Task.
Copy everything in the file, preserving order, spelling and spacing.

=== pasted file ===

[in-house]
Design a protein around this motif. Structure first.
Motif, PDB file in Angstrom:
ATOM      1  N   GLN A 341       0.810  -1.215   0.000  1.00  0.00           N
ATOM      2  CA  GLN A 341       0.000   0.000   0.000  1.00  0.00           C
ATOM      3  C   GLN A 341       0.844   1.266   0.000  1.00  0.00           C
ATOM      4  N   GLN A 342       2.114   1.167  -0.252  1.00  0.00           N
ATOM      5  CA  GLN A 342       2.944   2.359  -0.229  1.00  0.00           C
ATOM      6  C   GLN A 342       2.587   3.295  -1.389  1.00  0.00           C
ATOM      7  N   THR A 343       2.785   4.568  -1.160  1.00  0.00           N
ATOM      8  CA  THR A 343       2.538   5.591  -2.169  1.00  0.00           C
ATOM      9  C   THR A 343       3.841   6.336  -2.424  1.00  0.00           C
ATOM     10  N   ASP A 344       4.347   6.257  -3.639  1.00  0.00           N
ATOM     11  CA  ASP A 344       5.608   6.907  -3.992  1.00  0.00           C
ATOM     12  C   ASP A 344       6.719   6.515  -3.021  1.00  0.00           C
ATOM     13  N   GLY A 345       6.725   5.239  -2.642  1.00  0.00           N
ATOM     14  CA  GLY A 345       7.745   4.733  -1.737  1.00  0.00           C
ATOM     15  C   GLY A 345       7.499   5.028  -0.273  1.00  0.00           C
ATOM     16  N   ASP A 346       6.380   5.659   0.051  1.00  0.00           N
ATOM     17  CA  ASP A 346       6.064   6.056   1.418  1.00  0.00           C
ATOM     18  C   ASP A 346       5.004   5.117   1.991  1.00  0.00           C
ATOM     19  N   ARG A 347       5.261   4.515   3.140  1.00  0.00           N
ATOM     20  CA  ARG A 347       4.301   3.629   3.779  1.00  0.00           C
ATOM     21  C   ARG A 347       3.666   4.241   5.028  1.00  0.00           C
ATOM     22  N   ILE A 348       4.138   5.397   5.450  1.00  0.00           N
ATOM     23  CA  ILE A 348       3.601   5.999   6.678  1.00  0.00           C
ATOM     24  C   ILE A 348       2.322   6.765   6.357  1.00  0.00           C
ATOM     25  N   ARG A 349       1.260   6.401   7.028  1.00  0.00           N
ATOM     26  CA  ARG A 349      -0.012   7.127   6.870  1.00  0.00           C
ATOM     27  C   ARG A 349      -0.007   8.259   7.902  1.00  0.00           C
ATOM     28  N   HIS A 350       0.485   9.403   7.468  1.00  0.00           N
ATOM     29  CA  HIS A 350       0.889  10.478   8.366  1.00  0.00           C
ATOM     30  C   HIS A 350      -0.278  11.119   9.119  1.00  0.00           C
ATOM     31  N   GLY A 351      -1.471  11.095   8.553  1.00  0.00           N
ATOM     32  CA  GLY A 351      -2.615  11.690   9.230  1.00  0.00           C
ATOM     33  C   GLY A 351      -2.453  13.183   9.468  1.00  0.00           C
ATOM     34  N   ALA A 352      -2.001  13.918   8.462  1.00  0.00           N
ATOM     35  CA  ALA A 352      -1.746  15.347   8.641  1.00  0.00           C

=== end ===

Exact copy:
[in-house]
Design a protein around this motif. Structure first.
Motif, PDB file in Angstrom:
ATOM      1  N   GLN A 341       0.810  -1.215   0.000  1.00  0.00           N
ATOM      2  CA  GLN A 341       0.000   0.000   0.000  1.00  0.00           C
ATOM      3  C   GLN A 341       0.844   1.266   0.000  1.00  0.00           C
ATOM      4  N   GLN A 342       2.114   1.167  -0.252  1.00  0.00           N
ATOM      5  CA  GLN A 342       2.944   2.359  -0.229  1.00  0.00           C
ATOM      6  C   GLN A 342       2.587   3.295  -1.389  1.00  0.00           C
ATOM      7  N   THR A 343       2.785   4.568  -1.160  1.00  0.00           N
ATOM      8  CA  THR A 343       2.538   5.591  -2.169  1.00  0.00           C
ATOM      9  C   THR A 343       3.841   6.336  -2.424  1.00  0.00           C
ATOM     10  N   ASP A 344       4.347   6.257  -3.639  1.00  0.00           N
ATOM     11  CA  ASP A 344       5.608   6.907  -3.992  1.00  0.00           C
ATOM     12  C   ASP A 344       6.719   6.515  -3.021  1.00  0.00           C
ATOM     13  N   GLY A 345       6.725   5.239  -2.642  1.00  0.00           N
ATOM     14  CA  GLY A 345       7.745   4.733  -1.737  1.00  0.00           C
ATOM     15  C   GLY A 345       7.499   5.028  -0.273  1.00  0.00           C
ATOM     16  N   ASP A 346       6.380   5.659   0.051  1.00  0.00           N
ATOM     17  CA  ASP A 346       6.064   6.056   1.418  1.00  0.00           C
ATOM     18  C   ASP A 346       5.004   5.117   1.991  1.00  0.00           C
ATOM     19  N   ARG A 347       5.261   4.515   3.140  1.00  0.00           N
ATOM     20  CA  ARG A 347       4.301   3.629   3.779  1.00  0.00           C
ATOM     21  C   ARG A 347       3.666   4.241   5.028  1.00  0.00           C
ATOM     22  N   ILE A 348       4.138   5.397   5.450  1.00  0.00           N
ATOM     23  CA  ILE A 348       3.601   5.999   6.678  1.00  0.00           C
ATOM     24  C   ILE A 348       2.322   6.765   6.357  1.00  0.00           C
ATOM     25  N   ARG A 349       1.260   6.401   7.028  1.00  0.00           N
ATOM     26  CA  ARG A 349      -0.012   7.127   6.870  1.00  0.00           C
ATOM     27  C   ARG A 349      -0.007   8.259   7.902  1.00  0.00           C
ATOM     28  N   HIS A 350       0.485   9.403   7.468  1.00  0.00           N
ATOM     29  CA  HIS A 350       0.889  10.478   8.366  1.00  0.00           C
ATOM     30  C   HIS A 350      -0.278  11.119   9.119  1.00  0.00           C
ATOM     31  N   GLY A 351      -1.471  11.095   8.553  1.00  0.00           N
ATOM     32  CA  GLY A 351      -2.615  11.690   9.230  1.00  0.00           C
ATOM     33  C   GLY A 351      -2.453  13.183   9.468  1.00  0.00           C
ATOM     34  N   ALA A 352      -2.001  13.918   8.462  1.00  0.00           N
ATOM     35  CA  ALA A 352      -1.746  15.347   8.641  1.00  0.00           C